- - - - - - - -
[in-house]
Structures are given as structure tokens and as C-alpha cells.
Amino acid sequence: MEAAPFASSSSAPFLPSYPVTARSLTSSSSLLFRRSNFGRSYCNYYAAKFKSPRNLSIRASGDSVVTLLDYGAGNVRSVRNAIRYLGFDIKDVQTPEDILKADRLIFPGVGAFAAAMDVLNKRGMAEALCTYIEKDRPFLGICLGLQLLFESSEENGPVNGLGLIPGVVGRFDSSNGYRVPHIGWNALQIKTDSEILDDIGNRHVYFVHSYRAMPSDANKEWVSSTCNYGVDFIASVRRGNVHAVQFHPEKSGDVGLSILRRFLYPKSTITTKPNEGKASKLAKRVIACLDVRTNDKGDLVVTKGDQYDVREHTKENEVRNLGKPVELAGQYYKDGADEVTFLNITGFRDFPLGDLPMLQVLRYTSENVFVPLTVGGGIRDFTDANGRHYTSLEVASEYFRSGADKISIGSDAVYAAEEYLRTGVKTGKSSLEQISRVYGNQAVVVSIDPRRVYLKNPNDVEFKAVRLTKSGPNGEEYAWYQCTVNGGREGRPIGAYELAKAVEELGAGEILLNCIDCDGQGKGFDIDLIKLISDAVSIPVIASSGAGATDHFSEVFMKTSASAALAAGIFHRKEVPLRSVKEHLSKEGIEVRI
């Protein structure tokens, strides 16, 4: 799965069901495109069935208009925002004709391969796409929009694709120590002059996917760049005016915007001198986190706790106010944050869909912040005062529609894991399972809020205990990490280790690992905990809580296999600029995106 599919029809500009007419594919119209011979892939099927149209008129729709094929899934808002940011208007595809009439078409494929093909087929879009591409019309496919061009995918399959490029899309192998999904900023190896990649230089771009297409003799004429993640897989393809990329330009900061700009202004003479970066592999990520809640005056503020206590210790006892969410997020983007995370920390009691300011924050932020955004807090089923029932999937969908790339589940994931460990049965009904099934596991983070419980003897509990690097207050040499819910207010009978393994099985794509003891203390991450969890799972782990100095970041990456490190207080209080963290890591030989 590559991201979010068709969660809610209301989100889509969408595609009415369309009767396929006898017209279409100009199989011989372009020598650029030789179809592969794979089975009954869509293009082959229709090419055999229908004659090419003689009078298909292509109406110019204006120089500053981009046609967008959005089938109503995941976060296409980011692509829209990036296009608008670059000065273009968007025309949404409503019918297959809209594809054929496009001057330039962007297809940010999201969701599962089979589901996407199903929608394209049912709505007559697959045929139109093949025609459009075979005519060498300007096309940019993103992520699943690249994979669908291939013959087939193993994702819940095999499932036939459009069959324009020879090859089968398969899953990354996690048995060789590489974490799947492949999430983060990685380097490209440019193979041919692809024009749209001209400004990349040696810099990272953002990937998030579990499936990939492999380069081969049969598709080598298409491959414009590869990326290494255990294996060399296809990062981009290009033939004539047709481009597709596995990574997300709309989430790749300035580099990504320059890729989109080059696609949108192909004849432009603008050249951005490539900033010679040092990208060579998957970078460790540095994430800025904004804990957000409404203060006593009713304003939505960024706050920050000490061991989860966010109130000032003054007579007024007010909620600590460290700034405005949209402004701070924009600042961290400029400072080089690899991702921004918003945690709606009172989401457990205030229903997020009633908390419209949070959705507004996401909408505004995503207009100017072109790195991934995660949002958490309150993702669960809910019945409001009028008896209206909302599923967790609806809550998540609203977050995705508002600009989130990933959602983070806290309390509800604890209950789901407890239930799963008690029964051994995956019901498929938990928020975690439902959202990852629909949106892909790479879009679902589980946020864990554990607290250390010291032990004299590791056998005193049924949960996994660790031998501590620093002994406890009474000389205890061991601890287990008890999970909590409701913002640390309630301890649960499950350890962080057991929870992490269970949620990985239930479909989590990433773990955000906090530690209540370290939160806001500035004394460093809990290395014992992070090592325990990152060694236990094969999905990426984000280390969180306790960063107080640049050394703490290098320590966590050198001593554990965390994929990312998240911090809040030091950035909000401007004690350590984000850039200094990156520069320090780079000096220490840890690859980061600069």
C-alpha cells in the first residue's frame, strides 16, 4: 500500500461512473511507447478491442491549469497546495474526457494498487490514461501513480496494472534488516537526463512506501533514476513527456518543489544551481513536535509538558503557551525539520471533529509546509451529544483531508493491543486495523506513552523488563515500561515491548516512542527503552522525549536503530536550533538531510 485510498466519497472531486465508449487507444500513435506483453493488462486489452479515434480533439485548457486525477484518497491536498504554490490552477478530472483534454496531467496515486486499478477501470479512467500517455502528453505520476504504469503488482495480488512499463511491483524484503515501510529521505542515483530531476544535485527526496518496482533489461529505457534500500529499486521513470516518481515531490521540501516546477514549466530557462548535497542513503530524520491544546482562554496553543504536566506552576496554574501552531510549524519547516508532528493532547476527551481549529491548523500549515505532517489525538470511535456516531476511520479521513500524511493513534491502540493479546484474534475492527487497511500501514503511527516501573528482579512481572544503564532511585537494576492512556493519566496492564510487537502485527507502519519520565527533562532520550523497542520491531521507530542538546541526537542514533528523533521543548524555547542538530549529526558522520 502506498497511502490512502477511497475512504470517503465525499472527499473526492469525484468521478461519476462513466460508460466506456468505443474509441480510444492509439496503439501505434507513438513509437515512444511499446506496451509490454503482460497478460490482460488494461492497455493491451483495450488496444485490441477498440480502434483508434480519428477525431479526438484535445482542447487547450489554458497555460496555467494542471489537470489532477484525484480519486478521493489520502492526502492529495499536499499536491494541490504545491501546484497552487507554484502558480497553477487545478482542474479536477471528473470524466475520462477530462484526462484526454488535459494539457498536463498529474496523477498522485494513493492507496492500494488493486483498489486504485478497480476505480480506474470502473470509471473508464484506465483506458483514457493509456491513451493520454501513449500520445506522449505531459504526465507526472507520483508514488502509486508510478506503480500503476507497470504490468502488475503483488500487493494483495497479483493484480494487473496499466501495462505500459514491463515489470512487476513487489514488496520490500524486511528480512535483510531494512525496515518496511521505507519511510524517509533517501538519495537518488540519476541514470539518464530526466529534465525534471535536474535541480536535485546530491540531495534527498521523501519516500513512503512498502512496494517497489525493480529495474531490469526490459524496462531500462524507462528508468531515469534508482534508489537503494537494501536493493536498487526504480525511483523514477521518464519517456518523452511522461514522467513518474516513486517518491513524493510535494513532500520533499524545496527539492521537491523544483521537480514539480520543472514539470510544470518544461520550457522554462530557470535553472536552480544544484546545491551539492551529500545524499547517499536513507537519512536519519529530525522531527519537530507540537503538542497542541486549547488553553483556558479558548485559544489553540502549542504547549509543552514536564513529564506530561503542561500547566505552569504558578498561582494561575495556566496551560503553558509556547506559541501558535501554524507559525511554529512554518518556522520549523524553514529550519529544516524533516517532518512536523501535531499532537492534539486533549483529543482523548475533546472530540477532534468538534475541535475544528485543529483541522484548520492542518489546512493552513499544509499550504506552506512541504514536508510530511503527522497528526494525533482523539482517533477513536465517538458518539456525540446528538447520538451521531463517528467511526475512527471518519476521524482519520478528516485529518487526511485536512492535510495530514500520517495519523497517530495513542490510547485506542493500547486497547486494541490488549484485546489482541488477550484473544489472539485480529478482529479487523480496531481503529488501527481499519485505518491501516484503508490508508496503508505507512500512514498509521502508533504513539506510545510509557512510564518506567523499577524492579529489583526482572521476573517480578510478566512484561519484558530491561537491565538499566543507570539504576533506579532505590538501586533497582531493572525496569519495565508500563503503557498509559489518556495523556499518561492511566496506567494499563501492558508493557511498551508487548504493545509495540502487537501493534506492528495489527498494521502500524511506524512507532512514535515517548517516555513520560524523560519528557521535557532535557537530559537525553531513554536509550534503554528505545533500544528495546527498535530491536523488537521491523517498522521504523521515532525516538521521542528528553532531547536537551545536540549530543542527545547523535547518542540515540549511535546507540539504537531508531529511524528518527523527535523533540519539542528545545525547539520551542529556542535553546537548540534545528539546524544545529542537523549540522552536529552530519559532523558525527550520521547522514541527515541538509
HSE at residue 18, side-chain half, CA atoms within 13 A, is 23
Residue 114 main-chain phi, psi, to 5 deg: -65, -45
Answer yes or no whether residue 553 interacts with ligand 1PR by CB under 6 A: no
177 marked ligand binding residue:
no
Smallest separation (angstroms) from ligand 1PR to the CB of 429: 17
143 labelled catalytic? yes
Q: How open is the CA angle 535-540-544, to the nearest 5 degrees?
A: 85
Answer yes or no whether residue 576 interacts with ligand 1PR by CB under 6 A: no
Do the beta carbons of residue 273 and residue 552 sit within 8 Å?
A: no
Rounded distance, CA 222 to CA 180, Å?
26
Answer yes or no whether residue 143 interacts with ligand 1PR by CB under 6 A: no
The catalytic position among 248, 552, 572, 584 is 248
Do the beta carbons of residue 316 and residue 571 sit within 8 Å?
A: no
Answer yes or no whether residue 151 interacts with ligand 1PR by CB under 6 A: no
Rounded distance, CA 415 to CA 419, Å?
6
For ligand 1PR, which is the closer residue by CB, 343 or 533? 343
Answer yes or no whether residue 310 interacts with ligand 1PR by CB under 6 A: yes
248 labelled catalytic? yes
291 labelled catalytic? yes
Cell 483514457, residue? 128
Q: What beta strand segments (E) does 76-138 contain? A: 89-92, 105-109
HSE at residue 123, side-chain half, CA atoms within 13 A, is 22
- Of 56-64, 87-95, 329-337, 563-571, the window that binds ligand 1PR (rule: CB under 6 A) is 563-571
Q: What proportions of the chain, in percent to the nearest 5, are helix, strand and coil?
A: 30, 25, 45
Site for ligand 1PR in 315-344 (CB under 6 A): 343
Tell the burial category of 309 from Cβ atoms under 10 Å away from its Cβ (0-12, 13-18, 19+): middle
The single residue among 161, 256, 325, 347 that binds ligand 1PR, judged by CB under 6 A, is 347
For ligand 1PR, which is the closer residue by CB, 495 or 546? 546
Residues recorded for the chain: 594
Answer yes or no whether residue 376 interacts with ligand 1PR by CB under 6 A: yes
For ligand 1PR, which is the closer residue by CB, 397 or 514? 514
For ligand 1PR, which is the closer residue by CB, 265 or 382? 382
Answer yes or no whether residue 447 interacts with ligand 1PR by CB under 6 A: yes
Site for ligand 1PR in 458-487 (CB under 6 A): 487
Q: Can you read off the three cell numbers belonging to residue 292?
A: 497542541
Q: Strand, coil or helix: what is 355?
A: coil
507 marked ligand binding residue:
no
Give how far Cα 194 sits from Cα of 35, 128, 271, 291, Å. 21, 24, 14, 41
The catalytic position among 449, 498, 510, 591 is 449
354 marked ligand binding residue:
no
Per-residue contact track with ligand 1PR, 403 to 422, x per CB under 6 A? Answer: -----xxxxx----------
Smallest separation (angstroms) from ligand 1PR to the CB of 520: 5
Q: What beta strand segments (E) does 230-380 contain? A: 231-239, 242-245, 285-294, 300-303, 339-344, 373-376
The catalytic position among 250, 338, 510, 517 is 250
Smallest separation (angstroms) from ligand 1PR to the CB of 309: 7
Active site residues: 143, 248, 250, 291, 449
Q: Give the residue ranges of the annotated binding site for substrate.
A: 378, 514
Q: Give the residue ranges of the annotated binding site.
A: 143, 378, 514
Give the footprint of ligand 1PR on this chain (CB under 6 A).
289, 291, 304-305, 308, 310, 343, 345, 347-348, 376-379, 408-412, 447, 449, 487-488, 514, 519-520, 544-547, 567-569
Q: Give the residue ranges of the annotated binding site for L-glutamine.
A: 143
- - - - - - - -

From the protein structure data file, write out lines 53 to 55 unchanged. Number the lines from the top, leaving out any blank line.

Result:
Give how far Cα 194 sits from Cα of 35, 128, 271, 291, Å. 21, 24, 14, 41
The catalytic position among 449, 498, 510, 591 is 449
354 marked ligand binding residue: